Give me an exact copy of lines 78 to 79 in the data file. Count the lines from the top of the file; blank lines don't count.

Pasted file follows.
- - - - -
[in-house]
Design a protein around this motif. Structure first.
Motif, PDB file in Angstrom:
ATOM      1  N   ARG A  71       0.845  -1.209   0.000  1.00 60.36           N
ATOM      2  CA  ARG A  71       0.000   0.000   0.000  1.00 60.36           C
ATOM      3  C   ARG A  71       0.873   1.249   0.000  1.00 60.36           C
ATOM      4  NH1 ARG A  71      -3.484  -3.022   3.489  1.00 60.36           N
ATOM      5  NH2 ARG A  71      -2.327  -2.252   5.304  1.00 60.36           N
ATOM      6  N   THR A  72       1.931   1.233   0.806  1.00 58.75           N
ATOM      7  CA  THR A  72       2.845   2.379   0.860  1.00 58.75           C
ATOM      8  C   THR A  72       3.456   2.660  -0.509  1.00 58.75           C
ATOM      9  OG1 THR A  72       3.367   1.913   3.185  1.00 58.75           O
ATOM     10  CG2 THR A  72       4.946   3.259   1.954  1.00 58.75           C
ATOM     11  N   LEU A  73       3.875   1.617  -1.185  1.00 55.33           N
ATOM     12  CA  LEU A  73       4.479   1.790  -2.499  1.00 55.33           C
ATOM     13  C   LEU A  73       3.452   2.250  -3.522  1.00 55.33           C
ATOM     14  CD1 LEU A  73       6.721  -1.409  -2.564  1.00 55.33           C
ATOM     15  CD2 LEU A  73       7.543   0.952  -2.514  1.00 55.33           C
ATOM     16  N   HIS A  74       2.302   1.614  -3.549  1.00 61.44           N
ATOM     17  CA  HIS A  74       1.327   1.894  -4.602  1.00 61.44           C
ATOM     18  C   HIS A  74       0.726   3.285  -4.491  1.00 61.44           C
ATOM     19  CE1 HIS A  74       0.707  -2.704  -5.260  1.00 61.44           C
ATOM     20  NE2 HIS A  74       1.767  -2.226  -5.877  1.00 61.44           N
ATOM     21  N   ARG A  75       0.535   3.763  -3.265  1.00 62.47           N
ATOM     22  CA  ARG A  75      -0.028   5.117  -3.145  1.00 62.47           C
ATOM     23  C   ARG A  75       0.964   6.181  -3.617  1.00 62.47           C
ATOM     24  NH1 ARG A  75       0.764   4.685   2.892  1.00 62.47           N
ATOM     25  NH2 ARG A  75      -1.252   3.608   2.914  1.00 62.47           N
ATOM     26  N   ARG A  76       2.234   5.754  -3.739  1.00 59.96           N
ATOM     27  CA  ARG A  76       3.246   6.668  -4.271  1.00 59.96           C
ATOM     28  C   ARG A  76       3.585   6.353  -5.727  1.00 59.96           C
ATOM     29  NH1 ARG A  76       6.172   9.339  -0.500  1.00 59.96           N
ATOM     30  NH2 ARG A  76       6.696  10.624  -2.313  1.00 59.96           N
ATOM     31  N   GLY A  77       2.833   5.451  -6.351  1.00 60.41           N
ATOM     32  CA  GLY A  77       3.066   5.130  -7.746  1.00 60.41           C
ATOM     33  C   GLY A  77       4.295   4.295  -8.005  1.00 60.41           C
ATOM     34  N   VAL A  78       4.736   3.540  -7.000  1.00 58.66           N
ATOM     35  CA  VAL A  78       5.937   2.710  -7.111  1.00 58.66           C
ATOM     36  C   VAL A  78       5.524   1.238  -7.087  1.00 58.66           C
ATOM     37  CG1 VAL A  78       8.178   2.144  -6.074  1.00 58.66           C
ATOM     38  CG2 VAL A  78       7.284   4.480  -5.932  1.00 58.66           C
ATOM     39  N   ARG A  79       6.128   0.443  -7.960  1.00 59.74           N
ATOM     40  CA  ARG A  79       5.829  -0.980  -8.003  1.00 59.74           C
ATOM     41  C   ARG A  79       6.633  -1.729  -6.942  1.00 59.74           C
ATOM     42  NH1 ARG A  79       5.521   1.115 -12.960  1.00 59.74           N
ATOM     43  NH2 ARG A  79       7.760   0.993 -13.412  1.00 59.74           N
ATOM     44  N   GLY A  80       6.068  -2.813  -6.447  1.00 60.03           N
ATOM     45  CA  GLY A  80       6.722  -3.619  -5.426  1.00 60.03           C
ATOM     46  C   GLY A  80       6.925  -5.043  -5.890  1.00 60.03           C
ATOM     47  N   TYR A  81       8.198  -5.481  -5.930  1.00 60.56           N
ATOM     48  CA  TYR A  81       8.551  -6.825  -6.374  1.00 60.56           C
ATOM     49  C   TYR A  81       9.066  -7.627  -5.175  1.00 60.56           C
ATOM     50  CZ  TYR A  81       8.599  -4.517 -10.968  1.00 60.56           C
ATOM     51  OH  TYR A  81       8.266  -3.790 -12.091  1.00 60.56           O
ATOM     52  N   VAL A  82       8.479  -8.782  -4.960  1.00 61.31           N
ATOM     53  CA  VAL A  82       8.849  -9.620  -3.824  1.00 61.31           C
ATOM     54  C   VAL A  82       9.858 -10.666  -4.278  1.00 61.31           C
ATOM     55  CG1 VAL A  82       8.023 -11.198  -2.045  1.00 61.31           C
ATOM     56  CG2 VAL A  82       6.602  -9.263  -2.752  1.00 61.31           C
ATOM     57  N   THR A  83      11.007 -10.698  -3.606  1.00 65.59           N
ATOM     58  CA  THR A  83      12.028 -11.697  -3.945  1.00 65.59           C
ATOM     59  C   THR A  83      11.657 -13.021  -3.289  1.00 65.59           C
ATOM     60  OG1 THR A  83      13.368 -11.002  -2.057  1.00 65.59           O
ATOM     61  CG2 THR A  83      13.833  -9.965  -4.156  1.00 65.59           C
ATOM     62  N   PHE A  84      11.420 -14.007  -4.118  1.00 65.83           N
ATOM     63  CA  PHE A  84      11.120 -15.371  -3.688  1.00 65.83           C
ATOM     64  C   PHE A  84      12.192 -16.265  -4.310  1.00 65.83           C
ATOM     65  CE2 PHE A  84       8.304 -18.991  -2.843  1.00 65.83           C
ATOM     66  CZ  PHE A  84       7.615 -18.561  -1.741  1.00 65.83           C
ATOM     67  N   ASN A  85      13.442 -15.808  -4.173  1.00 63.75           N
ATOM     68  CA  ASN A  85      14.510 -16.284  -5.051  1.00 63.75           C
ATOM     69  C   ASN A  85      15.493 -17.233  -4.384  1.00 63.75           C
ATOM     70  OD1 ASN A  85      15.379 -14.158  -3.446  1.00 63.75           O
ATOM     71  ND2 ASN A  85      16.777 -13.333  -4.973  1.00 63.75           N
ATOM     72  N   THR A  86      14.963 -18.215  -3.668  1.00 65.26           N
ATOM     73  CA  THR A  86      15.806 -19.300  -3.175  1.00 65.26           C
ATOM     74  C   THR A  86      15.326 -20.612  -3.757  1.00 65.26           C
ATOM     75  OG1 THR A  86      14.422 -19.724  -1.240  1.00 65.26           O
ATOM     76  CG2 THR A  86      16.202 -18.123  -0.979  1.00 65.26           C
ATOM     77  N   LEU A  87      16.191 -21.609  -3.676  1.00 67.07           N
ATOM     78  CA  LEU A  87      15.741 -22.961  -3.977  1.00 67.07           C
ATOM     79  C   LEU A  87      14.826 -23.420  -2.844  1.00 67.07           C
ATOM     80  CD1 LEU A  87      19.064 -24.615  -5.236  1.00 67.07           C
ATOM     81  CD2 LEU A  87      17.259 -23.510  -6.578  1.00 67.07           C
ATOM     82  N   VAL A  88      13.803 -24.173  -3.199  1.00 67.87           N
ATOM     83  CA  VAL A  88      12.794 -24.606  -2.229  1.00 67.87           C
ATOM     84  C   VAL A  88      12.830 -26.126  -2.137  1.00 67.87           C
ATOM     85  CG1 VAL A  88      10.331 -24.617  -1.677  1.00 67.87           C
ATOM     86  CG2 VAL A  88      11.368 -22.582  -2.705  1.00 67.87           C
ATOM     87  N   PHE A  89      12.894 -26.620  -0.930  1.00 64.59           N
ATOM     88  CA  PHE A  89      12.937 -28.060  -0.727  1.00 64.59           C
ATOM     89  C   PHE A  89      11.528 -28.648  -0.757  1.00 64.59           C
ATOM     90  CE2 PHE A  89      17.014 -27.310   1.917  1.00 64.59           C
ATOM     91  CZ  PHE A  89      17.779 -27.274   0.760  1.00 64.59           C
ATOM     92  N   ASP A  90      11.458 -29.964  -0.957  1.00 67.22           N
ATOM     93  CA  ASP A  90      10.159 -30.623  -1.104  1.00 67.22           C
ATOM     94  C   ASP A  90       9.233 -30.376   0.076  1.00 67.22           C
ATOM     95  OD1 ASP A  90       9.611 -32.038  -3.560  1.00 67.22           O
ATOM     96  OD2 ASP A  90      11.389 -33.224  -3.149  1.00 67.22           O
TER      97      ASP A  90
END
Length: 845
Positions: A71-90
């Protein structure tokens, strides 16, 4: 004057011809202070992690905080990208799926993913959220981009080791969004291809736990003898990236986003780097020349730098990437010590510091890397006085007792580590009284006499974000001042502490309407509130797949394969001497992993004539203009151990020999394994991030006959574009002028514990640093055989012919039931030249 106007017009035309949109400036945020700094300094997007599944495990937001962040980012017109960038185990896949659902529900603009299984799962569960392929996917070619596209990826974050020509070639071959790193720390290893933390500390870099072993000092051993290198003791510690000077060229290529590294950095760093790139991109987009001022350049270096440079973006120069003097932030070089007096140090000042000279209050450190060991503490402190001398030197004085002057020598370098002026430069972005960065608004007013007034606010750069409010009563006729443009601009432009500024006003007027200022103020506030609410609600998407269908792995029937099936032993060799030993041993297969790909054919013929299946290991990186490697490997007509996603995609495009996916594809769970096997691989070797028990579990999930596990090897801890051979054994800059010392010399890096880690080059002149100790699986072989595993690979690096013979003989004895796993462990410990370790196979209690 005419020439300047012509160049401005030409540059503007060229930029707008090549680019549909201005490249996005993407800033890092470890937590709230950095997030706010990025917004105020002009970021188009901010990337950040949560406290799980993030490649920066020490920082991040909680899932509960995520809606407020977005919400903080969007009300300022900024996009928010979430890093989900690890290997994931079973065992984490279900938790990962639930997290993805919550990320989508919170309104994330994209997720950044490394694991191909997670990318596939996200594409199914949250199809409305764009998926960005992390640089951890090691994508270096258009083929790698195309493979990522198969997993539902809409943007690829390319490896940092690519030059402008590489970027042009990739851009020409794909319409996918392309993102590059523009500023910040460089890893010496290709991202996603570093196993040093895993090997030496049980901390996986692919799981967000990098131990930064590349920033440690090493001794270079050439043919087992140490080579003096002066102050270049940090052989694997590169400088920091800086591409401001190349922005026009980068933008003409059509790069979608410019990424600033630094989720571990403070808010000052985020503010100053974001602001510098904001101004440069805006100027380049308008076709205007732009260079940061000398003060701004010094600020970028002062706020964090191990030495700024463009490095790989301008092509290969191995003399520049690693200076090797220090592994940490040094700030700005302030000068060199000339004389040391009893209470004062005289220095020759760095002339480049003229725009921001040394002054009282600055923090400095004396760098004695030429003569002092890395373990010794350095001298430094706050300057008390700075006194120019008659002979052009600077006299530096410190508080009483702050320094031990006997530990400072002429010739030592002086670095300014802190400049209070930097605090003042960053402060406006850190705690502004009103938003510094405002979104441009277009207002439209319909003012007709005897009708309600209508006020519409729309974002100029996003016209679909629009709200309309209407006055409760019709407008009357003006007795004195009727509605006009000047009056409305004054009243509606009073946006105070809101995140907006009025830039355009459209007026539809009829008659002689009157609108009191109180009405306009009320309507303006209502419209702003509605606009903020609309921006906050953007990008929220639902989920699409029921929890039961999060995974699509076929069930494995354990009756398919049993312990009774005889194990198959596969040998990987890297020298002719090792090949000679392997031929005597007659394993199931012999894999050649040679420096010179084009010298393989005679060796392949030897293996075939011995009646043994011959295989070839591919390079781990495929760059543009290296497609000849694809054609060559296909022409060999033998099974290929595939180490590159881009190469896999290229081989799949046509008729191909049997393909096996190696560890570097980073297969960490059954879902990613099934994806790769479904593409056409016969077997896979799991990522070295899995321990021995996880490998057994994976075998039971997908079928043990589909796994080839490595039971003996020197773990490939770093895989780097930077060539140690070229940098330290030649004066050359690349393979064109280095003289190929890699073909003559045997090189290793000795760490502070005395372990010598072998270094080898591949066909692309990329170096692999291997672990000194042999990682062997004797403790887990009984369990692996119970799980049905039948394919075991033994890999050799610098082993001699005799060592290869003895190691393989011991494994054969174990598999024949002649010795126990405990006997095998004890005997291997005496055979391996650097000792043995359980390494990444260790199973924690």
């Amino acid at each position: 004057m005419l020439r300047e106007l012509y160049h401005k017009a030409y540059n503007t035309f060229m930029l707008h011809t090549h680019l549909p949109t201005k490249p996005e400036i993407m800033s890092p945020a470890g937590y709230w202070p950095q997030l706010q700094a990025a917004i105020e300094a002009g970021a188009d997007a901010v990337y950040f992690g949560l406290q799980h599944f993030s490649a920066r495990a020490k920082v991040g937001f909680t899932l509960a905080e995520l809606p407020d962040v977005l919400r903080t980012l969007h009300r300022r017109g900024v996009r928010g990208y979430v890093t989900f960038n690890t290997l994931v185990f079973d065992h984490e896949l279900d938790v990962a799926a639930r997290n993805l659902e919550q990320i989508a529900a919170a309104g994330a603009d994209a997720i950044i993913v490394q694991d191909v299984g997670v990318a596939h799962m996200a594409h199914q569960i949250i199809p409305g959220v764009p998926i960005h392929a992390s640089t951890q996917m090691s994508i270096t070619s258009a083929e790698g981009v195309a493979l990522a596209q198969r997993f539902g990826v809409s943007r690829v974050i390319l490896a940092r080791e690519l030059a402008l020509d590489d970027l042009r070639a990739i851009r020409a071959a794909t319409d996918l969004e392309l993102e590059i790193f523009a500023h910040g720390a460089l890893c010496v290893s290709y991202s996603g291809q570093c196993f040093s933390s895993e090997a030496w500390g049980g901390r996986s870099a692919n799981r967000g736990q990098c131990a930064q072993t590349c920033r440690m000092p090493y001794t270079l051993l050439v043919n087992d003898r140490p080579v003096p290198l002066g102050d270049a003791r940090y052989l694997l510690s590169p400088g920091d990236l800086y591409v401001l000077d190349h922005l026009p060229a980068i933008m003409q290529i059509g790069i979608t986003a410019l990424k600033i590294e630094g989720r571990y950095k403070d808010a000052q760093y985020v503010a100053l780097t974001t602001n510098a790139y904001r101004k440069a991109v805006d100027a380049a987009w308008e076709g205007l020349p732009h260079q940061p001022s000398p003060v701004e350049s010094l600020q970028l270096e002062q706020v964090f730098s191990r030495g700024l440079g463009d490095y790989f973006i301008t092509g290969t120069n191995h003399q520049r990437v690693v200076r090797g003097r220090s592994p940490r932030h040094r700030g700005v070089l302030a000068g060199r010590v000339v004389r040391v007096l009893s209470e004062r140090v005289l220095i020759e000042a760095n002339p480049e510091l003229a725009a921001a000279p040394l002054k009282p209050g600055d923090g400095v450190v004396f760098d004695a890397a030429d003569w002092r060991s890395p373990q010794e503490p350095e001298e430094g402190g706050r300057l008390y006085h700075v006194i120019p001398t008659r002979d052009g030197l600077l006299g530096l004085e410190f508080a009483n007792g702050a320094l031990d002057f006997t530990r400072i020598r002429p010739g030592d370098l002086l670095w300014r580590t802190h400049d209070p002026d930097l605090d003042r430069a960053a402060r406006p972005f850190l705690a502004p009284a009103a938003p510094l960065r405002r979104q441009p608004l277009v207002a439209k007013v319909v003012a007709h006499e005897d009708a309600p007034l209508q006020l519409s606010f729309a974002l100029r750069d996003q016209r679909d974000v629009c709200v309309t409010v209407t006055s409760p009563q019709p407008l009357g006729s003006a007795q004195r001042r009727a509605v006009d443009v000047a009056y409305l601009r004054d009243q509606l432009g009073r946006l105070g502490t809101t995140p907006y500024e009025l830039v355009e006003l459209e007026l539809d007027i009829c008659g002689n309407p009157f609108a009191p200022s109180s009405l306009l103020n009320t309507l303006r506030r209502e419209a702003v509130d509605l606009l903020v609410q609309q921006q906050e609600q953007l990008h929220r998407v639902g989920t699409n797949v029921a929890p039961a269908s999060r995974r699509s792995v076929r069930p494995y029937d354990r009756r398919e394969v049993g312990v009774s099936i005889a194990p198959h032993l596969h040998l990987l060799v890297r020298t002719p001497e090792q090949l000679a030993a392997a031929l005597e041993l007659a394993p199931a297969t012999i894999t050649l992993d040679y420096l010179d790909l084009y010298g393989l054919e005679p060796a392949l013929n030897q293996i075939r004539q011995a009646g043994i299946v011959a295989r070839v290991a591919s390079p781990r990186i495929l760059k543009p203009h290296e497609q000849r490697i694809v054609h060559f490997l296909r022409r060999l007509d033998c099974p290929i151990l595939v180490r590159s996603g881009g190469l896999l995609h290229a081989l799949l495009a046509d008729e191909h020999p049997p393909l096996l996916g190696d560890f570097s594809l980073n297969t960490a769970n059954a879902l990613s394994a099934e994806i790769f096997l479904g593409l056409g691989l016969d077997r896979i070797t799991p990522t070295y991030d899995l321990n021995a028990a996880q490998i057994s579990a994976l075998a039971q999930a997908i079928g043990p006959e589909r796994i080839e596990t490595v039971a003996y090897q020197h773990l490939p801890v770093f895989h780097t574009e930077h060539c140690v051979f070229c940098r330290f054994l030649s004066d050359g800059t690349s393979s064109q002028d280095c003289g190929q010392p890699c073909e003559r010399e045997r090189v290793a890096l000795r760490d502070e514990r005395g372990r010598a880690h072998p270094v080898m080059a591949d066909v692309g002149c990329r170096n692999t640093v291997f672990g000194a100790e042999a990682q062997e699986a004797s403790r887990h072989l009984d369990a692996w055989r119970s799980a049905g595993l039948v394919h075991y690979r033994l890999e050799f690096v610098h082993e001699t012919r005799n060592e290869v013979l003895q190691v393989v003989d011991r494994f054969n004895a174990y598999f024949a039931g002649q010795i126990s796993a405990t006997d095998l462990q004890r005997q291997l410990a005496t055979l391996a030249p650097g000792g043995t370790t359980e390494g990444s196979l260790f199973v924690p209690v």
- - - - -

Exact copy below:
ATOM     75  OG1 THR A  86      14.422 -19.724  -1.240  1.00 65.26           O
ATOM     76  CG2 THR A  86      16.202 -18.123  -0.979  1.00 65.26           C